FCB + Draft: IPG Tries to Avoid Past Mistakes

NEW YORK To Interpublic Group observers, last week’s revelation of a possible combination between Draft and Foote Cone & Belding had a familiar arithmetic to it: The rationale behind such a move would bolster two of IPG’s key players, a strength-in-numbers, 1+1=3 move.

Presumably, the addition this time could succeed, wherein the past such merger equations have not only reduced the stature of IPG networks like Lowe, but also contributed to the diminished state of the holding company itself.

Leaks about that possible association—some say merger—of Draft and FCB last week caught IPG unprepared to announce details of how such a deal would be engineered. IPG is still grappling with finding the right model for the partnership and determining who will lead it. In January, FCB CEO Steve Blamer, 50, told IPG chief executive Michael Roth he would cede the top job to Howard Draft, 52, sources said. Draft appears to be the front-runner as CEO, but the issue still crops up in discussions as does the logistics of how a new entity would operate.

That situation brings to mind the potential political jockeying and power grabs associated with the ill-fated mergers culminating in the problematic cultures arising at other IPG shops, and some observers are already connecting those dots.

Last week, Merrill Lynch analyst Lauren Rich Fine commented on a possible FCB/Draft merger: “We do not believe this is a good idea, given the difficulties encountered in previous mergers such as Bozell and FCB as well as Lowe and Lintas.”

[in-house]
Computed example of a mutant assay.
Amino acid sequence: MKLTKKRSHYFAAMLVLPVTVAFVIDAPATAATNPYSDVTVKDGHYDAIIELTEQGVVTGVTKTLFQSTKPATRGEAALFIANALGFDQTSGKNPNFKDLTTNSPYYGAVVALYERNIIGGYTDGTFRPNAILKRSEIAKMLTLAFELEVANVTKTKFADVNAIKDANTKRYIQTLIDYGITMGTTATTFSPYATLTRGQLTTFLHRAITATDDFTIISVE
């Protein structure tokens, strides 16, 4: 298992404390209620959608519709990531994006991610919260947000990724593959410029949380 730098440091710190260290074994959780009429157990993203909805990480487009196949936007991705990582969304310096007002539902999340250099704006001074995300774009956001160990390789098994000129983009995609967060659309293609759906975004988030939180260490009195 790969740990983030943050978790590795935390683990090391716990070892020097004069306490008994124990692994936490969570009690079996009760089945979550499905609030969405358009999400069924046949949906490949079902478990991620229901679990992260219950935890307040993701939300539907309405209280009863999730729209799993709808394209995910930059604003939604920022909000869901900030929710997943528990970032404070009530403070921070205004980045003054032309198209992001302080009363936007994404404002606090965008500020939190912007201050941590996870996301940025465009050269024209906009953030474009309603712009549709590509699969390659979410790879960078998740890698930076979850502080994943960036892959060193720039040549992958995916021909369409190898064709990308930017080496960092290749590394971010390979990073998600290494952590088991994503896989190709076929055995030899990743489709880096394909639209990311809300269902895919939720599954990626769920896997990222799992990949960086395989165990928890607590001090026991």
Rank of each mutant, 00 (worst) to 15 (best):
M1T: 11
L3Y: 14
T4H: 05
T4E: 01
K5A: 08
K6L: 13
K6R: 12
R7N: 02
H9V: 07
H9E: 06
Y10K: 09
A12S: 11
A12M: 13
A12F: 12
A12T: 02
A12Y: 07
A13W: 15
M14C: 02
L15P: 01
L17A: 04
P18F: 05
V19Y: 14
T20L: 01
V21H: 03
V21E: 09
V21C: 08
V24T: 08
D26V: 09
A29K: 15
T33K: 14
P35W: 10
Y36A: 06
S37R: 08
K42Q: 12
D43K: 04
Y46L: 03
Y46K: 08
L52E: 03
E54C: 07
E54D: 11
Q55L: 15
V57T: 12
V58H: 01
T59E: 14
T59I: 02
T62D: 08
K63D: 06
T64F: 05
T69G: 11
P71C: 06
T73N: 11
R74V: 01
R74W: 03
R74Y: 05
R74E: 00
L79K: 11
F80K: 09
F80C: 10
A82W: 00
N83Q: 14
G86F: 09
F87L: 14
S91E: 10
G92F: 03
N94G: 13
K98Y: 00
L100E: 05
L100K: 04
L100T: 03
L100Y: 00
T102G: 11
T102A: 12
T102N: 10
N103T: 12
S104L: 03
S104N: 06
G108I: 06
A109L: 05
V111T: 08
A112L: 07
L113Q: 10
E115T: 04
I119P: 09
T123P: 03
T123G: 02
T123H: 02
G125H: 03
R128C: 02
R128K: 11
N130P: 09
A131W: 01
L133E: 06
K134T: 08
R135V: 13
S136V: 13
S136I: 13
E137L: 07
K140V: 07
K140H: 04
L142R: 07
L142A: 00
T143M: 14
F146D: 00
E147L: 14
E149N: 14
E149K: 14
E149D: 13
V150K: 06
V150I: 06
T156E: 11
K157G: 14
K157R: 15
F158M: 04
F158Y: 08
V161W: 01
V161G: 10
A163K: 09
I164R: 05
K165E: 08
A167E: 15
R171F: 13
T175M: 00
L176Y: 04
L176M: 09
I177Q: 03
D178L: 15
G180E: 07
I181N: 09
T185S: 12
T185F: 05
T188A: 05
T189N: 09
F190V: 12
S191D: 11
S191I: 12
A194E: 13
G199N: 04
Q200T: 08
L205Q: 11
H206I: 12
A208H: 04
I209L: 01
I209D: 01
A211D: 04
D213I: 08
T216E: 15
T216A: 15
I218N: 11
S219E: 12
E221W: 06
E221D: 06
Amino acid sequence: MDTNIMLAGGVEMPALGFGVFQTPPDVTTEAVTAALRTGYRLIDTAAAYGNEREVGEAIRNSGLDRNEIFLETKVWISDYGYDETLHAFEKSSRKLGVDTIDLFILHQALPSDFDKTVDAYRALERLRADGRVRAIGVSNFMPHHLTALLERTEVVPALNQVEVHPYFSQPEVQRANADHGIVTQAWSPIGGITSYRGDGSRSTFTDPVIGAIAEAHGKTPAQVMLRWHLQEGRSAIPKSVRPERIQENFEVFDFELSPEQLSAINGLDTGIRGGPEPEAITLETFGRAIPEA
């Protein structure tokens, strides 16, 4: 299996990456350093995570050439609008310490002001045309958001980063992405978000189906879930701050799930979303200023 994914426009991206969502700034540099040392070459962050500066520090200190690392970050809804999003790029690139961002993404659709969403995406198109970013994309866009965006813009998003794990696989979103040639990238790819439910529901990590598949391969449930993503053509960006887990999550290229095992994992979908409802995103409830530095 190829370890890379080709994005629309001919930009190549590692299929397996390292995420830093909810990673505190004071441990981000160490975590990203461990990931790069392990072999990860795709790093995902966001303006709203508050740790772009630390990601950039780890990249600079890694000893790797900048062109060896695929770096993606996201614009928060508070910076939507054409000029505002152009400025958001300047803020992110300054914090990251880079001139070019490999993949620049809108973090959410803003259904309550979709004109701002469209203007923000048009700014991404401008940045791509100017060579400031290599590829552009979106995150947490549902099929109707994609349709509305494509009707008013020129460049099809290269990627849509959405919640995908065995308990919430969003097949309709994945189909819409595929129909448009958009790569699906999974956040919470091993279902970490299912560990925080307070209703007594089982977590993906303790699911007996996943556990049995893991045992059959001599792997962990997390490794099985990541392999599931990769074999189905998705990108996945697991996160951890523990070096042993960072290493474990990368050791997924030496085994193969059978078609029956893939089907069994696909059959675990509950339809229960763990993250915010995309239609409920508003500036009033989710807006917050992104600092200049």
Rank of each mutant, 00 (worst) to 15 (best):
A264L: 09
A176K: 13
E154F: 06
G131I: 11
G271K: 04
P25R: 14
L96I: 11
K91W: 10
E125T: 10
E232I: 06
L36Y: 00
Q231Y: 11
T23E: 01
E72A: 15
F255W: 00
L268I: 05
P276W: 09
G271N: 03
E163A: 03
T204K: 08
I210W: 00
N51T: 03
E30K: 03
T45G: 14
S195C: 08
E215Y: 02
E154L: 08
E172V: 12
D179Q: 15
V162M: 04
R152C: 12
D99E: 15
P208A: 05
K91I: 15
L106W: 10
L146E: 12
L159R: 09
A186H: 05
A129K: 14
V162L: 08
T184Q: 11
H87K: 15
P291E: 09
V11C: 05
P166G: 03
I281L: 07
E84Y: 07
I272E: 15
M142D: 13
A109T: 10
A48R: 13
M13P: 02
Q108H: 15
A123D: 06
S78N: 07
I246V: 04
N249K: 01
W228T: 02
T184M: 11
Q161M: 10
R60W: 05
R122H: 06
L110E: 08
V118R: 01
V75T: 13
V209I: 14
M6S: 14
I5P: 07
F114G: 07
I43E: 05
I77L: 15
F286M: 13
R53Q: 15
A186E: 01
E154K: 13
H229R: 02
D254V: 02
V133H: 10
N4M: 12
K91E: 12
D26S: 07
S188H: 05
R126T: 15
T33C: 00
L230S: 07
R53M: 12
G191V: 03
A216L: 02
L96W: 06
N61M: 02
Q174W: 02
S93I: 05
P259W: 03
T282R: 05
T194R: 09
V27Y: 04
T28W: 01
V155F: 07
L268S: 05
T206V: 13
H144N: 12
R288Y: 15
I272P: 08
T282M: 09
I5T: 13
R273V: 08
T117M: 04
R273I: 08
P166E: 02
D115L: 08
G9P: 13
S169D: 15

It’s worth noting, however, that FCB appears to be more stable than Bozell or Lowe, despite lagging behind its peers in growth. And Draft is considered a leader in its sector.

IPG argues it’s too preliminary to make any judgments, given the fact the company has yet to determine the form of a combination or whether it would even happen. Some say one scenario put forth by Blamer—still on the table—is forming a “mini holding company” along the lines of McCann Worldgroup. Under that scenario, Blamer and a Draft counterpart would both report to Howard Draft. Others say that move could just be the beginning of an eventual merger.

The mere consideration of a merger underscores a major difference between the holding company and its peers. IPG opts to solve problems at its stalled or troubled companies by rolling them up, while its rivals seek alignments to create stronger, more integrated offerings.

Sources point to that operational failure as a major contributor to the company’s current state, usually blamed on accounting issues. In 2000, for instance, IPG was the industry’s largest holding company with revenue of $6.8 billion. By comparison, Omnicom, now the largest, reported 2000 revenue of $6.1 billion, and has grown 70 percent to $10.4 billion in 2005, while IPG, now ranked No. 3, has seen its revenue fall to $6.2 billion. (To be fair, it’s not just slow growth that’s plagued IPG, but also the company’s downward restatements, due to accounting problems and a write-down in the value of units like Octagon Motorsports and Lowe.)

“Everyone’s been blinded by [IPG’s] financial issues,” says one source. “But what’s been going wrong with that company’s go-to-market strategy when one company [IPG] goes backwards in six years and the other [Omnicom] doubles? Every time IPG has companies with business problems, the solution is never to fix the companies, it’s to put them together. The last time Lowe went through a bad time, they were going to merge it with FCB. They have a history of putting broken pieces together, with not one example showing that this latest effort is going to work. In this case, they’re putting broken pieces together and betting it won’t destroy the success of Draft.”